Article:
Professor Mike Bond 241 Syllabus Final Winter 2012

Professor Mike Bond 241 Syllabus Final Winter 2012 -...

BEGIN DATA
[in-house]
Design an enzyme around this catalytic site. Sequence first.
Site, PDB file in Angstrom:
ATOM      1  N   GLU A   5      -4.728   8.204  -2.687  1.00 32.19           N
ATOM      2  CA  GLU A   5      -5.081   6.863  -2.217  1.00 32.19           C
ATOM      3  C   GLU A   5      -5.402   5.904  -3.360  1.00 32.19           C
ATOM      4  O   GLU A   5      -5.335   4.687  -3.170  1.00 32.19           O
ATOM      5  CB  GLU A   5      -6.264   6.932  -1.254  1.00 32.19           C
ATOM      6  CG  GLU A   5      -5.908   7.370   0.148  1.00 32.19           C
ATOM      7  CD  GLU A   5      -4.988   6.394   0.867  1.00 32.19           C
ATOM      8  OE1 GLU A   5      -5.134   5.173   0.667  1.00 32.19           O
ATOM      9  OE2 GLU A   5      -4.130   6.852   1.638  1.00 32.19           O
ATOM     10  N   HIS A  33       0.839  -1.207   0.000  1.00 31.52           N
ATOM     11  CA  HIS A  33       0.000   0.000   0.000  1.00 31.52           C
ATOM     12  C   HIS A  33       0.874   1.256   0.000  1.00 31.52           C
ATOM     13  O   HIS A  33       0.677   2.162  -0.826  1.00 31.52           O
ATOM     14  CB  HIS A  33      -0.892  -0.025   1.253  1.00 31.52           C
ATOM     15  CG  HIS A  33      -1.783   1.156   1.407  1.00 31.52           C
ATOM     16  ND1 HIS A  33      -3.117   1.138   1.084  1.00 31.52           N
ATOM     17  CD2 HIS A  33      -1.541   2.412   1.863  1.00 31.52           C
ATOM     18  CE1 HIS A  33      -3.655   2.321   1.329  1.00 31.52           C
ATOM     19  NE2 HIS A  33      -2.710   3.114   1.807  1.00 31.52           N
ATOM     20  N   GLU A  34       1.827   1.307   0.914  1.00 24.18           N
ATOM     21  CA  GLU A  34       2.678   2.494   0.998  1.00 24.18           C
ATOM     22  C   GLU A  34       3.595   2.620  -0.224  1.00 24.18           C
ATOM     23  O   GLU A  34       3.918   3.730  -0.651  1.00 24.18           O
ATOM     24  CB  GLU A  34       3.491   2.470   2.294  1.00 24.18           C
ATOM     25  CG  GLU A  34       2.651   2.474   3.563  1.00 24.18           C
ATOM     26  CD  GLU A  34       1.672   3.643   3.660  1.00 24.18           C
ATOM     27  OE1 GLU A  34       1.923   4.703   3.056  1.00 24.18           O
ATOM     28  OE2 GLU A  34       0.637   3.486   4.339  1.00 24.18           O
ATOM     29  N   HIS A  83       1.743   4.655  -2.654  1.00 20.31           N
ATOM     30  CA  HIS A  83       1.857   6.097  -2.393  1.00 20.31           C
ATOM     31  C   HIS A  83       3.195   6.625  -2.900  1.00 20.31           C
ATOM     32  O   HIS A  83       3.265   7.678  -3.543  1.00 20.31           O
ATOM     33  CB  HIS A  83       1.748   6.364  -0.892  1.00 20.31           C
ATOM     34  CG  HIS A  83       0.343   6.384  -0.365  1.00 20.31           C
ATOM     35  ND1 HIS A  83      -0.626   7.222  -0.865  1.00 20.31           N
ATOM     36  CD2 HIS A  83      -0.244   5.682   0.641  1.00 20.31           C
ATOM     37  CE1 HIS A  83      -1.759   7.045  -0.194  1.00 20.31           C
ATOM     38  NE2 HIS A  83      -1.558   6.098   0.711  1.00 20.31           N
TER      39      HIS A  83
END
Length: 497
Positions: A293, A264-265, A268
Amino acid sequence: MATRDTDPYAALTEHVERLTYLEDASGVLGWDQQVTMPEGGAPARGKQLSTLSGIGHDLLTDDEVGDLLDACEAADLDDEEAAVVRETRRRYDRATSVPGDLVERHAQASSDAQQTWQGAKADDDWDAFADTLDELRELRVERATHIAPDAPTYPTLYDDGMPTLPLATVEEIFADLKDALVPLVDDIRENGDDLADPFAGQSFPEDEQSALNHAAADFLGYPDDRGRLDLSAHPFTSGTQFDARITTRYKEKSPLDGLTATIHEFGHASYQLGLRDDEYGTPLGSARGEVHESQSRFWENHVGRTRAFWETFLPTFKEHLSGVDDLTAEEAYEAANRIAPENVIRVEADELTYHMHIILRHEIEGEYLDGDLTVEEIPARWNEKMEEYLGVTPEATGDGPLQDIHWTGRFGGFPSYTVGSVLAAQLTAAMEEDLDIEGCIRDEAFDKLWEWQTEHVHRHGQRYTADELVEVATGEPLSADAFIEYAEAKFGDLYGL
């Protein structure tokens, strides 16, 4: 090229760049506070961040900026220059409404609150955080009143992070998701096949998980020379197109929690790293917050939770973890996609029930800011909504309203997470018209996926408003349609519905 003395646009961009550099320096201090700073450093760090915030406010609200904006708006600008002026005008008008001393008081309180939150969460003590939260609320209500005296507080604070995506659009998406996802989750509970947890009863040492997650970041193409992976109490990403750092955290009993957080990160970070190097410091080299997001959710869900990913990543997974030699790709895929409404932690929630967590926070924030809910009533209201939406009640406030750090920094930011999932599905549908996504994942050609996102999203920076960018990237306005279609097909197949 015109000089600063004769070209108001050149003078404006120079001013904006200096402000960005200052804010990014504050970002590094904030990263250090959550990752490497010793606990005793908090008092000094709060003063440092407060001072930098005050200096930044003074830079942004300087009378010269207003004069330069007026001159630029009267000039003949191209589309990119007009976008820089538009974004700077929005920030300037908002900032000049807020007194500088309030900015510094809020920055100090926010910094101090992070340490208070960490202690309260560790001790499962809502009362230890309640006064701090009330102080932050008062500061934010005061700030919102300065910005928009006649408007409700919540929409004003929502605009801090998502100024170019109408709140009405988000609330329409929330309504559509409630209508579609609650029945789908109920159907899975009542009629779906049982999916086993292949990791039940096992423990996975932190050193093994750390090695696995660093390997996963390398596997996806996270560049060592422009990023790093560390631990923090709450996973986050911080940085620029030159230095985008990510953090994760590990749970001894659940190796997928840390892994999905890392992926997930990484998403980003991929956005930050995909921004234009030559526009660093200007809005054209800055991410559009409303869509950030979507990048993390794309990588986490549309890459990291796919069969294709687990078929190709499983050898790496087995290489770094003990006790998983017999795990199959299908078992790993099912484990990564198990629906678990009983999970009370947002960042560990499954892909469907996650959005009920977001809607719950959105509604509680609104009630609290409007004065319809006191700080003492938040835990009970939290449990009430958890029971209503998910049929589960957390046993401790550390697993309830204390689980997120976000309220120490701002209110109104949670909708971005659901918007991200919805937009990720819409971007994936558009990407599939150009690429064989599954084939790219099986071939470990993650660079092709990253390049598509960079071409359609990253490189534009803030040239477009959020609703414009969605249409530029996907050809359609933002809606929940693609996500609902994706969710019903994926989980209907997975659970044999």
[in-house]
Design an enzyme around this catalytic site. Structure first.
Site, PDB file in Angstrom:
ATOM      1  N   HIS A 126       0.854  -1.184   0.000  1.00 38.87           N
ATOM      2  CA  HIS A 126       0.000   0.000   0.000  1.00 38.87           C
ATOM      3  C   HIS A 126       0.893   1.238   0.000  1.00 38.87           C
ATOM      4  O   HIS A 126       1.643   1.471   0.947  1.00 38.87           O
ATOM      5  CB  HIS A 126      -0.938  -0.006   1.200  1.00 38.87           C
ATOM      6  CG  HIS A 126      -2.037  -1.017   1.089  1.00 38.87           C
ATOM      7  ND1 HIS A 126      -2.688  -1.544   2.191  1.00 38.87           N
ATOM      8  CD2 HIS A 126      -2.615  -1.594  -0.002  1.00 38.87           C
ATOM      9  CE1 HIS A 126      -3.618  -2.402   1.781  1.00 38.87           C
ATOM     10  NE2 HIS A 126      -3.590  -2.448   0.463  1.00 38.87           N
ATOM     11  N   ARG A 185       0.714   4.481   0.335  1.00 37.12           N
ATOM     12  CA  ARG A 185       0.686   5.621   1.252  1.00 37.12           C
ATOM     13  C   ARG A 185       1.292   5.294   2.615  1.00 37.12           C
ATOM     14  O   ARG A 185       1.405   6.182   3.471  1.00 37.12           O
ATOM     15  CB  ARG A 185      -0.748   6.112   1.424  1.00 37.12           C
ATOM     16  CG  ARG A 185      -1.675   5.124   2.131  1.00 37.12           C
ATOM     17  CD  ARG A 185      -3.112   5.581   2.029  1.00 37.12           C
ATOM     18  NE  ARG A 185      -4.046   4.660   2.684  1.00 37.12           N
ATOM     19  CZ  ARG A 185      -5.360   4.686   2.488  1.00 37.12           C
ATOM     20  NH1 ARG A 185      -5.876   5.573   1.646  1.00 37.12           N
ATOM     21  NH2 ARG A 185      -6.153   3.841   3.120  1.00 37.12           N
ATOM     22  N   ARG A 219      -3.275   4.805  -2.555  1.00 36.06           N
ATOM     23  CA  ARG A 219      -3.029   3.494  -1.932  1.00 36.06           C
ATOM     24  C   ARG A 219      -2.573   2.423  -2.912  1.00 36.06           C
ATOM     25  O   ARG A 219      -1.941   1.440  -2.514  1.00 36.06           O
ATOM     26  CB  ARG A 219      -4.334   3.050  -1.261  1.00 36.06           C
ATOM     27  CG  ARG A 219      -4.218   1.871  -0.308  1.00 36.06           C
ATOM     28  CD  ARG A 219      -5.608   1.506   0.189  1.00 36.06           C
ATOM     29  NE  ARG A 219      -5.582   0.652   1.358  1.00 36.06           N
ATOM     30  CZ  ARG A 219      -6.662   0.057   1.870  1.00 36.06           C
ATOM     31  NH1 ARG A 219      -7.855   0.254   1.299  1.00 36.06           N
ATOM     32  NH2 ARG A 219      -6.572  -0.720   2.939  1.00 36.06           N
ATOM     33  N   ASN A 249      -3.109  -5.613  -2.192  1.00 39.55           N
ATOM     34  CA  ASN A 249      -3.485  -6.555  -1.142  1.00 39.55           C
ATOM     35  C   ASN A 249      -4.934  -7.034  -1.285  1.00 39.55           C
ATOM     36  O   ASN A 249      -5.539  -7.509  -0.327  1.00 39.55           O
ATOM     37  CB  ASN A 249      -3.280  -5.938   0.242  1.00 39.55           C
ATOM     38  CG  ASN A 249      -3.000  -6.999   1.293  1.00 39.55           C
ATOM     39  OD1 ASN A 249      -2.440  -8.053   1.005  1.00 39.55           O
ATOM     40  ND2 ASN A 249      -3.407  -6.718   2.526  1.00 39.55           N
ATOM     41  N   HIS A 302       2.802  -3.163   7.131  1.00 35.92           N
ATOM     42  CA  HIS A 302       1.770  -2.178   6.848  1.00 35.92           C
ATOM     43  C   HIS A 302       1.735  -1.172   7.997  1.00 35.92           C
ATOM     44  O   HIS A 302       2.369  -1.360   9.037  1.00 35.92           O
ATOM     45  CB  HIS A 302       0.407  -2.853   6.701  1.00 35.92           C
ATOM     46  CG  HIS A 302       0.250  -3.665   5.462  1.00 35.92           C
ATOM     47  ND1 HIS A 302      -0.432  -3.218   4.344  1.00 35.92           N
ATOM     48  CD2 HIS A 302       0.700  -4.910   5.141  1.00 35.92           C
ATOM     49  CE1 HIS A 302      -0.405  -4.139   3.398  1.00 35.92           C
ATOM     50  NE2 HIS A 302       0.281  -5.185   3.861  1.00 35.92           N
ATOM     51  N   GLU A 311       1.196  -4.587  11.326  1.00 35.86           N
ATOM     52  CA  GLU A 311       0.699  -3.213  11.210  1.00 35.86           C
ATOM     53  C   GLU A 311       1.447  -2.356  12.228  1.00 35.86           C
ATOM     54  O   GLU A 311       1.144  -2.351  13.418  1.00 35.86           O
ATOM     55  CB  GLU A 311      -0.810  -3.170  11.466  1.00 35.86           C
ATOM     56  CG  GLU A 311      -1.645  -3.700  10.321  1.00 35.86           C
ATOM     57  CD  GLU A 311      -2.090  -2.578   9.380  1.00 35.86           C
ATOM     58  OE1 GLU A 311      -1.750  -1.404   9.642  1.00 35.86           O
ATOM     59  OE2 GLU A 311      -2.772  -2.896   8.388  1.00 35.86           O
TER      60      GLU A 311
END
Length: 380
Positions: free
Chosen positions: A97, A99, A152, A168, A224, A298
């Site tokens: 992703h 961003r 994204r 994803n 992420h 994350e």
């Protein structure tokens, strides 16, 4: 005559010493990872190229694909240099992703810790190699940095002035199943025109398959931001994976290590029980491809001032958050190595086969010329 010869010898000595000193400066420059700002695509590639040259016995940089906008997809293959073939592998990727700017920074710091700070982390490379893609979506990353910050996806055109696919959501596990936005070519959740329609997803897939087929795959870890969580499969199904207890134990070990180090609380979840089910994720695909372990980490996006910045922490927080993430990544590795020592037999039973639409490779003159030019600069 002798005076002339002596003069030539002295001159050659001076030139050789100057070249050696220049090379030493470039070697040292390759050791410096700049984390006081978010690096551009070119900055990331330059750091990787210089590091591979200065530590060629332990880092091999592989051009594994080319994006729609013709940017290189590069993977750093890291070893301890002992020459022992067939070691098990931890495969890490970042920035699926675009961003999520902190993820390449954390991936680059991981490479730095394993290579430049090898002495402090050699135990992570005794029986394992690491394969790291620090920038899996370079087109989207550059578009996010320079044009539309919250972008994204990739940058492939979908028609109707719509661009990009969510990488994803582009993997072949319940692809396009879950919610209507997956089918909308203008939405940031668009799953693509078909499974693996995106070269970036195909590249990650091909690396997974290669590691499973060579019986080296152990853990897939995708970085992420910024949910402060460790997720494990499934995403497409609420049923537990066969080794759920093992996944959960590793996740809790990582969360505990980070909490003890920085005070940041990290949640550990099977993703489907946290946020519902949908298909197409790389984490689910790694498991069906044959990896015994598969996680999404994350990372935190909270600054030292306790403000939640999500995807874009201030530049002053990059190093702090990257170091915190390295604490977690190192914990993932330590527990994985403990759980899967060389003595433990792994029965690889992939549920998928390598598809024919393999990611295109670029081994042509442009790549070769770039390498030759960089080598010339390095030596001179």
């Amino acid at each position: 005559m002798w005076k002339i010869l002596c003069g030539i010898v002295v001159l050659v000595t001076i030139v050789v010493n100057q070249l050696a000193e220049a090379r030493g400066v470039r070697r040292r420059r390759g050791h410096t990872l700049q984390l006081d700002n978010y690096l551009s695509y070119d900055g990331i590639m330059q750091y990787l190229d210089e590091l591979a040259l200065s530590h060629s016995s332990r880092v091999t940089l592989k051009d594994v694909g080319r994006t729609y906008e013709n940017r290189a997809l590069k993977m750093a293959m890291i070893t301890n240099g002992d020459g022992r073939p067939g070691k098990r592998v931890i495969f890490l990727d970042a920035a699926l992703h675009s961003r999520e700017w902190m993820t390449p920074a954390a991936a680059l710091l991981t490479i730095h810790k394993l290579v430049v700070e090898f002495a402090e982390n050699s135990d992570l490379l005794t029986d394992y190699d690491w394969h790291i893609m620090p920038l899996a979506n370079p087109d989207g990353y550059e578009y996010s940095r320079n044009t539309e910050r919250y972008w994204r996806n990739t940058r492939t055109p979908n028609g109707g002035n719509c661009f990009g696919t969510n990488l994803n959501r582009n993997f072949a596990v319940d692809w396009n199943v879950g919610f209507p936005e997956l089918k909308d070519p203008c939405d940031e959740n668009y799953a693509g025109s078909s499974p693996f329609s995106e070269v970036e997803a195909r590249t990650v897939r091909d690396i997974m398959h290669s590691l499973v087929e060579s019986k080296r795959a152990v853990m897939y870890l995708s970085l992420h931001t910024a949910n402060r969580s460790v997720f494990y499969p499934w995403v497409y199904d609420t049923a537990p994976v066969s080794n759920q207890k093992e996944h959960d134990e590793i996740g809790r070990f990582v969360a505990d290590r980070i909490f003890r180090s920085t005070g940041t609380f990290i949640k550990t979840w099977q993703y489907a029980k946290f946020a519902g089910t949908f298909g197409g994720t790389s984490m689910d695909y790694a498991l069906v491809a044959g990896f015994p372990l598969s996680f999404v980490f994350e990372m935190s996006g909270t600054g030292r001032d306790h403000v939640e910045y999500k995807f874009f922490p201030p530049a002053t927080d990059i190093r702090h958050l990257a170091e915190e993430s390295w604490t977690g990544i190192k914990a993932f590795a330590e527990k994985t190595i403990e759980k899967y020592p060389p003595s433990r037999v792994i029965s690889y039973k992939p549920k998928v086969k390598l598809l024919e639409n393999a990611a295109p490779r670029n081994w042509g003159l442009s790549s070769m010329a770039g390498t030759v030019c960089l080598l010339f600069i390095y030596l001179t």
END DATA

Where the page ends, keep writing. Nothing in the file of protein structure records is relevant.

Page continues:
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Unformatted text preview: Business Management 241 Marketing Management Tuesday and Thursday Mornings Winter 2012 Professor: Mike Bond Office: 667 TNRB Office hours: Monday & Wednesday, 2:15pm – 3:15pm Phone: 801- 422- 7882 E- mail: bond@byu.edu Note: I am also available outside of office hours. Please e- mail me. I generally respond within 48 hours. Teaching Assistant: TBD Welcome to Marketing Management! Peter Drucker claimed that “any business enterprise has only two basic functions: marketing and innovation.” “all else,” he noted is “detail.” Robert Lewis Stevenson observed, “We all live by selling something.” Jack Welch, former CEO of General Electric proclaimed, “marketing isn’t somebody’s responsibility; marketing is everybody’s responsibility.” Similarly, Regis McKenna argued that “marketing is everything and everything is marketing.” Although all functional areas of the firm are necessary, marketing plays a critical role in creating value for the firm’s chosen customers. If there is no value, customers leave. Without customers, companies fail. Meeting customers’ needs creates value. A portion of the value may be captured through pricing. So, marketing creates value for customers and generates revenue for the firm. Text: Principles of Marketing (13th Edition), (Philip Kotler & Gary Armstrong); ISBN: 780136079415ice (u BYU: New: $121.00; Used: $90.75 Amazon: New: $ 96.96; Used: $40.00 s Learning Objectives The purpose of this course is to introduce students to concepts, issues and decisions that comprise the activities of brand managers. We will focus on the following learning objectives: 1. Measure and evaluate brand performance. 2. Understand how to develop and implement brand strategy. 3. Demonstrate ability to optimize and leverage brand assets. 4. Demonstrate effective team management by producing quality deliverables Assessment The assessment and grading system is intended to reflect student effort, performance, and accomplishment. Grades will be based on the following criteria: Exam 1 25% Exam 2 25% Final Exam (Comprehensive) 25% Assignments 20% Professionalism 5% Total 100% Exams will be offered in the testing center. Four assignments are required for the course: 1. Consumer Exploration: Digging deeper into why consumers do what they do 2. Person- Situation Segmentation Matrix and Unique Selling Proposition 3. Retail Exploration: Evaluating effective retailer “place” practices 4. Advertising: Good versus bad ads Participation and Professionalism This grade will reflect attendance, professionalism (e.g. proper computer use), punctuality, insightful contributions to class, etc. In most job settings, employers are looking for new hires to contribute and express their ideas. They’re looking for future leaders. Let’s practice this in the classroom. I encourage you to express your thoughts and actively participate...we’ll be able to better learn together. Extra Credit – Research Study Participant or Research Article Report You may earn extra credit by participating in market research conducted by the faculty. You will receive 0.25% extra credit for participating in a 30 minute study. You may participate in up to four studies for a total of 1% of your final grade in extra credit. Sign- up details will be e- mailed to you during the first or second week of class. We (the marketing faculty) strongly encourage you to participate in the studies for at least four reasons: 1) they are fun, 2) they will show you how real marketing research is conducted, 3) they will help faculty publish research that will improve the reputation of the Marriott School which in turn will benefit you throughout your career as a graduate from the Marriott School, and 4) these studies further our understanding of consumers and marketing. If you choose not to participate in any studies but still want to get the 1% extra credit, you may select an article that appeared in the last five years in the Journal of Marketing and write a five page paper for each .25% point. . Your paper should 1) summarize the article and 2) suggest one way in which the research could be applied to as a real- life marketing problem. Each paper is worth .25% (you may write up to 4 papers = giving you a maximum potential upside of 1%). Please submit papers to me via e- mail (bond@byu.edu). These papers are due 4/03/12. The extra credit point for these assignments will be added after the other points in the course have been awarded. While the extra credit assignments will help your grade, they are not required. You can earn an “A” in the class without doing any extra credit assignments. Academic Honesty The first injunction of the BYU Honor Code is the call to “be honest.” Students come to the university not only to improve their minds, gain knowledge, and develop skills that will assist them in their life’s work, but also to build character. President David O. McKay taught, “character is the highest aim of education” (The Aims of a BYU Education, p. 6). It is the purpose of the BYU Academic Honesty Policy to assist in fulfilling that aim. BYU students should seek to be totally honest in their dealings with others. They should complete their own work and be evaluated based upon that work. They should avoid academic dishonesty and misconduct in all its forms, including by not limited to plagiarism, fabrication or falsification, cheating, and other academic misconduct. Preventing Sexual Harassment Title IX of the Education Amendments of 1972 prohibits sex discrimination against any participant in an education program or activity that receives federal funds. The act is intended to eliminate sex discrimination in education. Title IX covers discrimination in programs, admissions, activities, and student- to- student sexual harassment. BYU’s policy against sexual harassment extends not only to employees of the university, but to students as well. If you encounter unlawful sexual harassment or gender based discrimination, please talk to your professor; contact the Equal Employment Office at 422- 5895 or 367- 5689 (24- hours); or contact the Honor Code Office at 422- 2847. Students with Disabilities Brigham Young University is committed to providing a working and learning atmosphere, which reasonable accommodates qualified persons with disabilities. If you have any disability that may impair your ability to complete this course successfully, please contact the Services for Students with Disabilities Office (422- 2767). Reasonable academic accommodations are reviewed for all students who have qualified, documented disabilities. Services are coordinated with the student and instructor by the SSD Office.. If you need assistance or if you feel you have been unlawfully discriminated against on the basis of disability, you may seek resolution through established grievance policy and procedures. You should contact the Equal Employment Office at 422- 5895, D- 285 ASB. Diversity I aim to make my classroom similar to the workplace. In the workplace, it is illegal to discriminate based on race, color, religion, sex, national origin, disability, or age. Furthermore, I believe Christ would never belittle anyone based on his or her race, color, religion, sex, national origin, disability, or age. Therefore, I feel strongly that no one in my classroom should be belittled for any reason. If you experience such an offense in my class (caused either by me or a fellow student), I strongly encourage you to contact me. Policy on the Use of Technology in the Classroom Technology is an essential part of today’s learning environment. However, technology, when used inappropriately, can also hinder learning. Most Marriott School students have, at some point, sat next to students who use their laptops in class to check e- mail, talk to friends, instant message, search the internet o r play on- line games. Unfortunately, every person sitting around such students is distracted by this behavior and classroom learning decreases. As a result of the these distractions, the Marriott School has implemented the following policy effective Fall Semester 2006: Using laptops in class to legitimately take notes or work on class projects is allowed, but all other use of laptops in class is prohibited. Please respect your fellow students and professors and abide by this Marriott School policy. Marriott School Cell Phone Policy Students are not allowed to use cell phones in classes in the Marriott School. Please turn them off as you enter the classroom and keep them stored out of sight in your backpack or pocket. Class Schedule: Date 01/05 01/10 01/12 01/17 01/19 01/24 01/26 01/31 02/02 02/07 02/09 02/14 02/16 02/21 02/23 02/28 03/01 03/06 03/08 03/13 03/15 03/20 03/22 03/27 03/29 04/03 04/05 04/10 4/14- 4/18 Topic Final Exam: Testing Center Chapter 1, Part 1: What is Marketing? Chapter 1, Part 2: Customer Relationship Management Chapter 2: Marketing Management Chapter 3: Context (Discussion Only); The Profit and Loss Statement Chapter 4: Marketing Research Chapter 4: Marketing Research Chapter 5: Consumer Behavior Assignment #1 – Consumer Exploration Chapter 5: Consumer Behavior; Chapt 6: Business to Business Marketing Exam #1 Exam #1 Chapter 18: Creating Competitive Advantage Chapter 7, Part 1: Segmentation and Targeting Chapter 7, Part 2: Positioning Assignment #2 – Segmentation / USP Chapter 8, Part 1: Products / Services No Class (Monday Instruction) Chapter 8, Part 2: Branding Chapter 9: Part 1: New Product Development Chapter 9, Part 2: Forecasting, the PLC and Adoption Chapter 10: Pricing Chapter 11: Pricing Strategy Exam #2 Exam #2 Chapter 12: Channel Chapter 12: Channel / Place Chapter 14: Integrated Marketing Communication Assignment #3 – Retail Chapter 15: Advertising Guest Lecture Chapter 16: Part 1: Promotion and Public Relations Assignment #4 - Advertising Chapter 16: Personal Sales My Personal Brand / Final Exam Prep Final Exam (Comprehensive) ...